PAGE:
Image: Phone booth transformed into an aquarium by artists Benoit Deseille and Benedetto Bufalino as part of the Lyon Light Festival in France.
Written for "The Unlikely Muse" Houston Sidewalk, 1998
In Alfred Hitchcock's 1963 film "The Birds", Melanie Daniels (Tippi Hendren) finds refuge inside a telephone booth as vengeful birds pummel the glass enclosure with their beaks. This terrifying film moment-- with a telephone booth as a transitory safe haven-- has been imitated often in film and on television, including a recent X-Files episode ("Patient X") when Maria Covarrubias (Laurie Holden) is waylayed in a phone booth by a boy exposed to alien black oil.
From Superman's famous changing room to sexual turn-on, the telephone booth is a curious urban artifact-- a privately owned glass housing that provides silence, protection from the elements, reading material, a good view and a phone. Like a precursor to artist Andrea Zittel's self-contained comfort units, the phone booth is a type of functional cosmopolitan armor, purchased anonymously for five minutes with a few coins dropped in a repository.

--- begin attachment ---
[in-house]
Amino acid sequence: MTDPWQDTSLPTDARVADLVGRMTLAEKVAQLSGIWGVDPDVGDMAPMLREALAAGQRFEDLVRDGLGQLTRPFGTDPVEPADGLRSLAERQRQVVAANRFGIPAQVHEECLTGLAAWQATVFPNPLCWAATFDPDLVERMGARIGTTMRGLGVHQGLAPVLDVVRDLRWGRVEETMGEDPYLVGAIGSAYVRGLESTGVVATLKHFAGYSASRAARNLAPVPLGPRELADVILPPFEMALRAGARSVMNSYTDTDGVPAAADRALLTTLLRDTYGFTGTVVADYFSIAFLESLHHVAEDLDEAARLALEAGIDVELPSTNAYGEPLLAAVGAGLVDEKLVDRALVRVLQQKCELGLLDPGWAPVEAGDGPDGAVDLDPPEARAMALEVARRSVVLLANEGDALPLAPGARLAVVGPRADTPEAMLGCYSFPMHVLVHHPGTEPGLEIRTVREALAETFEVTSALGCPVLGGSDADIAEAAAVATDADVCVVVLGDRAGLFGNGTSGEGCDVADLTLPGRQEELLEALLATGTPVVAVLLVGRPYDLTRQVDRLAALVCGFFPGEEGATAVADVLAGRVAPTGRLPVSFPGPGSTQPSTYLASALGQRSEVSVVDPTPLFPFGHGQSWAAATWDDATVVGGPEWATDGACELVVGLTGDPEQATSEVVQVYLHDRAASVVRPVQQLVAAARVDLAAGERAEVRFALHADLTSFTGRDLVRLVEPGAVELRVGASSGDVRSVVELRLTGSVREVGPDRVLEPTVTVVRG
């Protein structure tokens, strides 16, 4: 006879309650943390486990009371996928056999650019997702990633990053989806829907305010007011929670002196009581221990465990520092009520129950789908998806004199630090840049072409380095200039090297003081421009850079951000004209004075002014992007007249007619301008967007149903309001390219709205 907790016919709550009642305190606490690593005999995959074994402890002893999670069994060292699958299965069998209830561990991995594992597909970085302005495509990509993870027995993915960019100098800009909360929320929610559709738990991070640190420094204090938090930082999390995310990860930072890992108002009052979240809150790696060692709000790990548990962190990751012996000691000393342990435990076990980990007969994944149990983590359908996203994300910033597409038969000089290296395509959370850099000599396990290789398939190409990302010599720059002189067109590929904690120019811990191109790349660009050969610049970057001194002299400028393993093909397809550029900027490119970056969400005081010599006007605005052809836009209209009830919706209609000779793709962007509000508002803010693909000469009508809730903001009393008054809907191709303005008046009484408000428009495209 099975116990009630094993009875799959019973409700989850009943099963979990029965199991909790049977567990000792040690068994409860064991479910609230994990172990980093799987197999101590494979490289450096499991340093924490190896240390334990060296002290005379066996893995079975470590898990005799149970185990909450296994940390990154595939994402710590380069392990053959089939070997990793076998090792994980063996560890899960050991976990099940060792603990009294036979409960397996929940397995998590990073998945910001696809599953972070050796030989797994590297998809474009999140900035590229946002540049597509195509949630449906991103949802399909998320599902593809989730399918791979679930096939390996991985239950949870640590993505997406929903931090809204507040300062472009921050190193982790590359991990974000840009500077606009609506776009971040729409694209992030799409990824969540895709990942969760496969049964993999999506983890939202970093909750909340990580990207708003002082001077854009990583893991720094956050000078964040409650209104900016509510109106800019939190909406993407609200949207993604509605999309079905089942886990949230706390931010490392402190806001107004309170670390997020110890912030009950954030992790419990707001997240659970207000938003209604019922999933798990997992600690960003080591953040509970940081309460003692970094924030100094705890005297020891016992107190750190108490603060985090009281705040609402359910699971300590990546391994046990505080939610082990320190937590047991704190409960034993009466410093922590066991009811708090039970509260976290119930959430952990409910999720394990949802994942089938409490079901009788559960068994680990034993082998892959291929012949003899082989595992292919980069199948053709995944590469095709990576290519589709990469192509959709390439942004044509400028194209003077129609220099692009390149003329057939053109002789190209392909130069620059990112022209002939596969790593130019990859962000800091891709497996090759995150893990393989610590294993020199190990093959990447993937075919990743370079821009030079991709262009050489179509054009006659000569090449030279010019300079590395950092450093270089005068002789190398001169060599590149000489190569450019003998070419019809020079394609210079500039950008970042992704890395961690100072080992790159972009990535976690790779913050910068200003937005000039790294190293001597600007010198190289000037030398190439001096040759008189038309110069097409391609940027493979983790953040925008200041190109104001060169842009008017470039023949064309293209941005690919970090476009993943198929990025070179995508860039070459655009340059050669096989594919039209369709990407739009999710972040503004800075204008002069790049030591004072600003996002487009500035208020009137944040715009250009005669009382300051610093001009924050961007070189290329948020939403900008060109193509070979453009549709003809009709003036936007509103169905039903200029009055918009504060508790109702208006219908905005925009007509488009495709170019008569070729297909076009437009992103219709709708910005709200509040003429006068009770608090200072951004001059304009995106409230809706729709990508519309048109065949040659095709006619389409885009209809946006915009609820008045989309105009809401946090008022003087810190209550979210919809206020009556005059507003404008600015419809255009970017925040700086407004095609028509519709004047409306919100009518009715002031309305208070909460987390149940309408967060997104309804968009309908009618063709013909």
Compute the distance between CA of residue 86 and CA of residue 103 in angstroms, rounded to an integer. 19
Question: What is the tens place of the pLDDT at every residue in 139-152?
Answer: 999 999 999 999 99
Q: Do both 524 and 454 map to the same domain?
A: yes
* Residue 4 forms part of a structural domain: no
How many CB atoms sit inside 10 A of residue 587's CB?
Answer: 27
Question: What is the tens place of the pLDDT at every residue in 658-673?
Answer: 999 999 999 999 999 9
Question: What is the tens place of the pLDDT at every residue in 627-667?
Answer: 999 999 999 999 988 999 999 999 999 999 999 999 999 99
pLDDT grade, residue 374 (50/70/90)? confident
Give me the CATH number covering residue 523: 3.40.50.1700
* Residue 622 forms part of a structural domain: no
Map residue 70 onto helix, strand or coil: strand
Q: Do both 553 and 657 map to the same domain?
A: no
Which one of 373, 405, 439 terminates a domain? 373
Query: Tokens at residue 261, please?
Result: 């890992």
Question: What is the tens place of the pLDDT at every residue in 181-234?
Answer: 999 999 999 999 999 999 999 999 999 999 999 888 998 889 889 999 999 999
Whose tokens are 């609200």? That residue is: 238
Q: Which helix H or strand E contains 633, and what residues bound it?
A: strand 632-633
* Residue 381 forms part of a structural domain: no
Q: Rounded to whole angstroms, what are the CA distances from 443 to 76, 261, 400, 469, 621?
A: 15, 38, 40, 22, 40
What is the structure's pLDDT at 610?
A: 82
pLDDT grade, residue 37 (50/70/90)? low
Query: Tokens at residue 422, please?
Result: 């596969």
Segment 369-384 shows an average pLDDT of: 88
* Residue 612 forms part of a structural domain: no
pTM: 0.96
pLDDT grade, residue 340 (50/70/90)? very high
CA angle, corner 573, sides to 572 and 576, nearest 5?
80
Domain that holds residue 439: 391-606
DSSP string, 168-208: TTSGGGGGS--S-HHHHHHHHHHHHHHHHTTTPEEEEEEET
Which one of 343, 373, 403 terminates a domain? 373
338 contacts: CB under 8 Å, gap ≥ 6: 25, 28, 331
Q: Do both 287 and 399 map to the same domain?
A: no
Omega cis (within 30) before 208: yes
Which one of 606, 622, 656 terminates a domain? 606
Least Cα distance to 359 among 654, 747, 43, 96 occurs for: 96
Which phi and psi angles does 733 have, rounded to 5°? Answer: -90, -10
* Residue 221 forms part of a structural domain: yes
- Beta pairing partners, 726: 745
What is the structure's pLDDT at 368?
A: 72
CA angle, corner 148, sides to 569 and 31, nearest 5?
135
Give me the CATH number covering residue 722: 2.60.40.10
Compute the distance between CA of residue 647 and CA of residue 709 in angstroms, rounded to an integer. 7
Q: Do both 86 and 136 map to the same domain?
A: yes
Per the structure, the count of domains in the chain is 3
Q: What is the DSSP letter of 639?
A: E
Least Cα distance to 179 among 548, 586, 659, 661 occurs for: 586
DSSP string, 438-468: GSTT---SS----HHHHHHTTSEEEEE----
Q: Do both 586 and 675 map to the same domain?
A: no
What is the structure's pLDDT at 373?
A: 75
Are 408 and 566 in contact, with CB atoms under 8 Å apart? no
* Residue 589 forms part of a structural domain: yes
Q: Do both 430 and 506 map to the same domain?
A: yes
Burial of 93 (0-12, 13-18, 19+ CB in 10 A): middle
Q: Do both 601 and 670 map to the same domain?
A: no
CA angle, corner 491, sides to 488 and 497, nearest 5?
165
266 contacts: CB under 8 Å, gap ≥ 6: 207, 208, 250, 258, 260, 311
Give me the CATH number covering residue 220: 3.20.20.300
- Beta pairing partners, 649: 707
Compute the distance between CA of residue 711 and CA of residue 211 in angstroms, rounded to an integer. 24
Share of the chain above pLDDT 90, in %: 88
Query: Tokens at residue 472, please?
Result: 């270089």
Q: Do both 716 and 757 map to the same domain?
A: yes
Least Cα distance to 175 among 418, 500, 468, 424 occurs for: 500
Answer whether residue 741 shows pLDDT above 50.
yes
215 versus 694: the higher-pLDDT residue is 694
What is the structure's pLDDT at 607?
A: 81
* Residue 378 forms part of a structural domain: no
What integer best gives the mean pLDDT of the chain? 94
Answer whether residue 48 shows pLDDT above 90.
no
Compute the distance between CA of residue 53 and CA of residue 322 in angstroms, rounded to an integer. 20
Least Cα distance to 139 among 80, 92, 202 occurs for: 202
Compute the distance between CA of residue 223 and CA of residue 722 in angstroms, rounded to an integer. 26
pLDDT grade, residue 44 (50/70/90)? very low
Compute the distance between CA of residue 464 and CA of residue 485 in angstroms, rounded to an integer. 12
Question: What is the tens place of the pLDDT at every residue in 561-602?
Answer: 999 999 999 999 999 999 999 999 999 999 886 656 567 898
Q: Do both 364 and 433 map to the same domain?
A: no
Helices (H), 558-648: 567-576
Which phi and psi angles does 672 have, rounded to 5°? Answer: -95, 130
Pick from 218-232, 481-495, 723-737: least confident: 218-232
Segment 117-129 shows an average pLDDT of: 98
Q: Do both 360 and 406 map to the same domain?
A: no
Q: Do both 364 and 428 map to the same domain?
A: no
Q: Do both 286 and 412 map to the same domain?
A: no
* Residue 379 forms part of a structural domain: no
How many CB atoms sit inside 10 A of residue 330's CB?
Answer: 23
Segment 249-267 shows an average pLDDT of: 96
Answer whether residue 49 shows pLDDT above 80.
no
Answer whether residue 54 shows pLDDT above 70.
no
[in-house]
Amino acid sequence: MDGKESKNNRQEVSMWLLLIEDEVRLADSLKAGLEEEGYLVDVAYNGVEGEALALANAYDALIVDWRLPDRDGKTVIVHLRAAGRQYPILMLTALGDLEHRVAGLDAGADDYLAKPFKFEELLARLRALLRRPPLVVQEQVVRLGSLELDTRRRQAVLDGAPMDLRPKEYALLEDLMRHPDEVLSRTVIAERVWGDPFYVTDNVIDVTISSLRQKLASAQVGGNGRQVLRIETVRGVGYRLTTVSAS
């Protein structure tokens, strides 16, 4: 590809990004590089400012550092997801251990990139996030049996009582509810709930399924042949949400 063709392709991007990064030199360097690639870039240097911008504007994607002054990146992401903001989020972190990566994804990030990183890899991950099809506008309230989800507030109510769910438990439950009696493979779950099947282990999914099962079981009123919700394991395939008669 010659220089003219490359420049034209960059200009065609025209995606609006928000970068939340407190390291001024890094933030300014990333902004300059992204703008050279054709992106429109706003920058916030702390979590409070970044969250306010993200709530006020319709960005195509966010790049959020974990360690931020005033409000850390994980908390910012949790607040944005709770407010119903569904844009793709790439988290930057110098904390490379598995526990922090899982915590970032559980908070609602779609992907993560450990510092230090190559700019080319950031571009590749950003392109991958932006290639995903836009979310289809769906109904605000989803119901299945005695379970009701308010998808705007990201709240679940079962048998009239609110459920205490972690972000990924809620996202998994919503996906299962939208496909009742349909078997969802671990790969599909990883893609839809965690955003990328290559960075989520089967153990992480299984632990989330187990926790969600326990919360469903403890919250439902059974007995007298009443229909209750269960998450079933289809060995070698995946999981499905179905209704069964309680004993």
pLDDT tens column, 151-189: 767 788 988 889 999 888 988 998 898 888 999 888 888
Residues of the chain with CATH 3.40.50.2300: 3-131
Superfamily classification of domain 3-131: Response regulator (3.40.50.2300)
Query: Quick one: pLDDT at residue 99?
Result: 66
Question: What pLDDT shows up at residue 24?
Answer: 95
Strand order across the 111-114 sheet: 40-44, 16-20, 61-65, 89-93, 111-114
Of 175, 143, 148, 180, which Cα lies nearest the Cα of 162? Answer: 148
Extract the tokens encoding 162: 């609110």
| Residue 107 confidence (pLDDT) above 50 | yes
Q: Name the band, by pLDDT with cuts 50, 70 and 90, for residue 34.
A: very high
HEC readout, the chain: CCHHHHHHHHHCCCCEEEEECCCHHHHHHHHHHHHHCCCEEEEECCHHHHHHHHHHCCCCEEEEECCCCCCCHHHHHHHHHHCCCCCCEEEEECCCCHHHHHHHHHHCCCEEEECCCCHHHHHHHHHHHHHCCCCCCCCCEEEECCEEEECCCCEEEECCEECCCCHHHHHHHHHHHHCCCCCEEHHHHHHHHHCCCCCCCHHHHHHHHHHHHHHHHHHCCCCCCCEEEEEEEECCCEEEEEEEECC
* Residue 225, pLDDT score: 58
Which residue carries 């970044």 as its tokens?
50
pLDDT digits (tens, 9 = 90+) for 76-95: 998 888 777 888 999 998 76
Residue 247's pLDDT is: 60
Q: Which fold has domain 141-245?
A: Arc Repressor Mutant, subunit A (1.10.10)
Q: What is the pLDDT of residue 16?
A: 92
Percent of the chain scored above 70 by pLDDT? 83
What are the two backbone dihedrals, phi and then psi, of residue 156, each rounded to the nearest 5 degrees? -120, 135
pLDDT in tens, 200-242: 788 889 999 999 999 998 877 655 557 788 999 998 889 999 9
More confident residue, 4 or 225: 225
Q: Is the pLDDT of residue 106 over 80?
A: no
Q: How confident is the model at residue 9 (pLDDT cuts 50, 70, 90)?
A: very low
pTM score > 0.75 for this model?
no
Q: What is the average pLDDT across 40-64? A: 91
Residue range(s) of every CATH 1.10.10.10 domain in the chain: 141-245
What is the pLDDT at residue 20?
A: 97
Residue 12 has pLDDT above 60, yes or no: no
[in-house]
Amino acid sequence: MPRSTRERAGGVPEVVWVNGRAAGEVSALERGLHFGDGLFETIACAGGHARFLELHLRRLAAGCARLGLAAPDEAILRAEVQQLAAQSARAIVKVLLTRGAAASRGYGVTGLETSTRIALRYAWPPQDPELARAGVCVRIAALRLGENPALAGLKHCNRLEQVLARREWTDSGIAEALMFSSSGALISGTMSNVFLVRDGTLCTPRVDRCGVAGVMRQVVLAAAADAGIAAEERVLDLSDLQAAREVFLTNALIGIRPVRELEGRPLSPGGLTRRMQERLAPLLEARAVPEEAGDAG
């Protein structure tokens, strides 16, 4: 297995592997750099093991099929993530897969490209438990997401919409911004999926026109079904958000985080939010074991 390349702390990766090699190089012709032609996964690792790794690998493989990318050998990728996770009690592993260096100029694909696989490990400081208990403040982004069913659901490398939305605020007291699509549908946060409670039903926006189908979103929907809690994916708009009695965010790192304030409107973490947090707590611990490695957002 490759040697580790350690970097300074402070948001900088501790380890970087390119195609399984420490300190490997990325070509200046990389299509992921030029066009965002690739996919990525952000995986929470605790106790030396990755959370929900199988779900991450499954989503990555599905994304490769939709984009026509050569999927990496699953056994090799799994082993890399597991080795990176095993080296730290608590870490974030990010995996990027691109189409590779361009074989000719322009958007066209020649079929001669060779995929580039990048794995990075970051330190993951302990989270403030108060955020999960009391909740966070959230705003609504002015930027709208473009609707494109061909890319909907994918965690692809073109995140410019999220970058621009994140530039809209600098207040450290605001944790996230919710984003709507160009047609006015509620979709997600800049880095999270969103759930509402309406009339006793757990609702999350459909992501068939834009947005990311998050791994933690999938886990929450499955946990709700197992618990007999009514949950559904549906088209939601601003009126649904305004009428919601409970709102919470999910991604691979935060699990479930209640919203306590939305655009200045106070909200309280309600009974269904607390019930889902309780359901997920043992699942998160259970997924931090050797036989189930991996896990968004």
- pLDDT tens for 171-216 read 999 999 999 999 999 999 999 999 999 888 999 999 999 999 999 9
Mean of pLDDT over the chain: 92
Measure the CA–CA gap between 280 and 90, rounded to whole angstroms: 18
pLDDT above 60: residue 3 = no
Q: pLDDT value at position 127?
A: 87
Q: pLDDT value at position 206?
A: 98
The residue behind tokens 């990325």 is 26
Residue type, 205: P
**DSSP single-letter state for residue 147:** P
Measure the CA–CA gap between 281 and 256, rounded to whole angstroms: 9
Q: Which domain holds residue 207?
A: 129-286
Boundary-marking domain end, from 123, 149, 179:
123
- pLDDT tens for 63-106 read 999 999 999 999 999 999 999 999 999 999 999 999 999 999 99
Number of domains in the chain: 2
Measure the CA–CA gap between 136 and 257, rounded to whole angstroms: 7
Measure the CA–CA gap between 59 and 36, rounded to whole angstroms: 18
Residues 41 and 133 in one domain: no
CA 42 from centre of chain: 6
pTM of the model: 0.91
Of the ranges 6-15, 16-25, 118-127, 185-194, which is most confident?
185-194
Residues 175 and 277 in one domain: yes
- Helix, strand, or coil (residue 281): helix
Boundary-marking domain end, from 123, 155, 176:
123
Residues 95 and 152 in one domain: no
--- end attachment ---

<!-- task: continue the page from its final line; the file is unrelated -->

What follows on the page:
Myrmidon Corporation on W. 20th Street in the Heights-- with hundreds of telephone booths stacked in their stockyard-- looks like a call box graveyard-- but this is misleading. These telephone booths (know in the business as "Superman Enclosures") are actually enroute to be sand blaster and painted for resale to the public. Most people in the market for refurbished enclosures are looking to make a few bucks by operating their own payphone business, but others have noticed the less obvious potential in these salvaged aluminum boxes. According to Robert E. Driver, Jr., President of Myrmidon Corp., creative citizens have purchased these enclosures for uses as varied as a private wet bar, a snake aquarium, a homemade smoker and a pool area phone. Driver says while he's heard of people surviving severe storms in telephone booths, marauding birds would be a first.